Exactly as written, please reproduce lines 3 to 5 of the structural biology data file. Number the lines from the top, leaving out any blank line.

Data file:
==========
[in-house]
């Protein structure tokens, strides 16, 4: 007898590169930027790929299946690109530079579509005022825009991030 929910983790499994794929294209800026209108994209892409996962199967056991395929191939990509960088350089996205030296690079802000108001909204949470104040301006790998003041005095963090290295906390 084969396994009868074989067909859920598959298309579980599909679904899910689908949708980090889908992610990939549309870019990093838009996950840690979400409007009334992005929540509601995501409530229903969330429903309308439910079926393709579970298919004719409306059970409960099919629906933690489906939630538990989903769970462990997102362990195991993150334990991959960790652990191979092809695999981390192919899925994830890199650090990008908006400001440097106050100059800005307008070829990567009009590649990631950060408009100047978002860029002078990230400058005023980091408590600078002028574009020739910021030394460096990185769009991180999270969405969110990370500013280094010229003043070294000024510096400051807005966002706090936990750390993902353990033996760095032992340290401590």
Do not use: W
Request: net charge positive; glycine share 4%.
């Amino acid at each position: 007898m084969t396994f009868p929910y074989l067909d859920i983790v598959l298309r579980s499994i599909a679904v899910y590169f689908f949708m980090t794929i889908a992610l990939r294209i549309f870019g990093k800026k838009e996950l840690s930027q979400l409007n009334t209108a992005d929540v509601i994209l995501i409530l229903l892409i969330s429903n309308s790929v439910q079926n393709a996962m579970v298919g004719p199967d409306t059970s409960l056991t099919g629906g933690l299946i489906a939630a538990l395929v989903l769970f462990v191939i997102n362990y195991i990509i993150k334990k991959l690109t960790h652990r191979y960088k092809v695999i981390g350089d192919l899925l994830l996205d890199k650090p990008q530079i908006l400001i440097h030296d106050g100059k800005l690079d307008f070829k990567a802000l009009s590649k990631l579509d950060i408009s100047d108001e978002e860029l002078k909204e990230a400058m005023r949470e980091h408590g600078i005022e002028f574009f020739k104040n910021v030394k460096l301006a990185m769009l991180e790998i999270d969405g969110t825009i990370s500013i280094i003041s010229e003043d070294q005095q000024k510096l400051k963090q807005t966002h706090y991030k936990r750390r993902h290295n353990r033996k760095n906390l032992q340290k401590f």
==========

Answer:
Do not use: W
Request: net charge positive; glycine share 4%.
């Amino acid at each position: 007898m084969t396994f009868p929910y074989l067909d859920i983790v598959l298309r579980s499994i599909a679904v899910y590169f689908f949708m980090t794929i889908a992610l990939r294209i549309f870019g990093k800026k838009e996950l840690s930027q979400l409007n009334t209108a992005d929540v509601i994209l995501i409530l229903l892409i969330s429903n309308s790929v439910q079926n393709a996962m579970v298919g004719p199967d409306t059970s409960l056991t099919g629906g933690l299946i489906a939630a538990l395929v989903l769970f462990v191939i997102n362990y195991i990509i993150k334990k991959l690109t960790h652990r191979y960088k092809v695999i981390g350089d192919l899925l994830l996205d890199k650090p990008q530079i908006l400001i440097h030296d106050g100059k800005l690079d307008f070829k990567a802000l009009s590649k990631l579509d950060i408009s100047d108001e978002e860029l002078k909204e990230a400058m005023r949470e980091h408590g600078i005022e002028f574009f020739k104040n910021v030394k460096l301006a990185m769009l991180e790998i999270d969405g969110t825009i990370s500013i280094i003041s010229e003043d070294q005095q000024k510096l400051k963090q807005t966002h706090y991030k936990r750390r993902h290295n353990r033996k760095n906390l032992q340290k401590f």